Effects of vanadate and AMP-PNP on motility of late endocytic vesicles. Late endocytic vesicles were perfused into the chamber and bound to MTs. The bars indicate the percentage of vesicles that moved along MTs following addition of 50 μM ATP in control buffer or in the presence of 5 μM vanadate or 1 mM AMP-PNP. The total number of vesicles examined is shown in parentheses. *p < 0.0001 compared with buffer alone.
Figure 6.
Figure 6.
Directional motility of early and late endocytic vesicles. Polarity-marked MTs were prepared and bound to the inner surface of a glass microscopy chamber. Early or late endocytic vesicles were then perfused into the chamber and bound to MTs. The bars indicate the percentage of early (left) and late (right) endocytic vesicles that moved toward the minus-end of MTs after addition of 50 μM ATP in the presence or absence of 5 μM vanadate. The total number of motile vesicles examined is shown in parentheses. *p < 0.002 compared with control late vesicles.
Figure 7.
Figure 7.
Effect of specific motor antibodies on late endocytic vesicle motility. MT-bound late endocytic vesicles were incubated with antibodies to specific motor proteins, as indicated, for 6 min. Motility was then quantified after 50 μM ATP addition. The total number of MT-bound vesicles examined is shown in parentheses. *p < 0.0004 compared with buffer or nonimmune IgG.
Figure 8.
Figure 8.
Effect of preincubation with dynamitin antibody on attachment of endocytic vesicles to MTs. Endocytic vesicles were preincubated with mAb to dynamitin (p50 subunit of dynactin complex) or nonimmune mouse IgG (control) for 6 min. After incubation, vesicles were perfused into MT-coated glass microscopy chambers. (A) The bars indicate the number of fluorescent vesicles that bound per μm microtubule length. Results shown are mean and SD. (B) Immunofluorescence localization of the indicated proteins on MT-attached late endocytic vesicles with or without preincubation with antidynamitin antibody. The total number of MT-bound vesicles examined for each experiment is shown in parentheses. *p < 0.0001 compared with each control.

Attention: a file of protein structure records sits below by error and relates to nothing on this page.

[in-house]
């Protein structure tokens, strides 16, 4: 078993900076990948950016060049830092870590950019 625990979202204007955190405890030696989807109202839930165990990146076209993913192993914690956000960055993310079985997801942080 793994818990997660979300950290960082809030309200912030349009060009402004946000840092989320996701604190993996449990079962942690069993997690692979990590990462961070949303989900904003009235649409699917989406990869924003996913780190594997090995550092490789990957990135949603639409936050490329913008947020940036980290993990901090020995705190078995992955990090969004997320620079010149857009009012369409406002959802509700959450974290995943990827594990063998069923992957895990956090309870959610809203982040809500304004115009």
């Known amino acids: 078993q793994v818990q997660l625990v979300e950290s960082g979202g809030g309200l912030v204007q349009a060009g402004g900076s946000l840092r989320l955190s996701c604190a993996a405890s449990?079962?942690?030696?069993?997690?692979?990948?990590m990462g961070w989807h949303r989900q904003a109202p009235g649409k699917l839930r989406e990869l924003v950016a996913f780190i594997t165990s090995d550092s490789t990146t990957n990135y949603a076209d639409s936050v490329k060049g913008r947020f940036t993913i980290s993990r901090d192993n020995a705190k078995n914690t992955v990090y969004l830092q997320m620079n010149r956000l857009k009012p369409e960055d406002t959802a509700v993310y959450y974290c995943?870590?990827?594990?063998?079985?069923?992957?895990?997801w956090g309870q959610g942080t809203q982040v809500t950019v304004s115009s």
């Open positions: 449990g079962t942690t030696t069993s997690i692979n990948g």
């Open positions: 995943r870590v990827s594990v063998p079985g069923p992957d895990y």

Figure 9.
Figure 9.
Flow cytometric analysis and purification of fluorescent endocytic vesicles. Alexa 488–labeled endocytic vesicles were prepared and sorted on a Dykocytomation (MoFLo) Cell Sorter. Regions indicated by lower case letters in circles in this figure correspond to those indicated schematically in Figure 1. (A) Dot plot representation of forward scatter (FSC) vs. pulse width of presorted vesicles. (B) Dot plot representation of FSC vs. side scatter (SSC) of vesicles within region (c) of dot plot (B). (C) and (D) Fluorescent profiles of unlabeled (control) or early (C) or late (D) endocytic vesicles within region (f) of dot plot (B).
Figure 10.
Figure 10.
Flow cytometric analysis of purified vesicles colabeled with DiD. Presorted vesicles were incubated with DiD, a fluorescent general membrane marker. (A) Mixed fluorescent and nonfluorescent vesicles from region (f) in Figure 9B were analyzed for Alexa 488 and DiD fluorescence. The boxed area depicts vesicles that have both fluorescent membrane dye and fluorescent ASOR and represents 60% of total vesicles. (B) The Alexa 488 fluorescence profile of the total population of vesicles from A is shown. (C) Sorted fluorescent vesicles from region (h) in Figure 9D were analyzed for Alexa 488 and DiD fluorescence. Ninety-nine percent of total vesicles were within the boxed area. (D) The Alexa 488 fluorescence profile of the total population of vesicles from C is shown.
Figure 11.
Figure 11.
Immunoblot analysis of early and late endocytic vesicle populations after flow cytometric purification. Immunoblots were performed after 10–20% gradient SDS-PAGE (8 μg of protein per lane). (A) Presorted vesicles (Figure 1a) and sorted fluorescent early and late endocytic vesicles (Figure 1h) were examined for the presence of the indicated proteins. Results of a representative experiment are shown. (B) Presorted (Figure 1a), fluorescent (late) (Figure 1h), unlabeled (Figure 1g), small (Figure 1d) and aggregated (Figure 1b) late endocytic vesicles were subjected to immunoblot analysis for the ASGPR, Rab4, and Rab5 as indicated.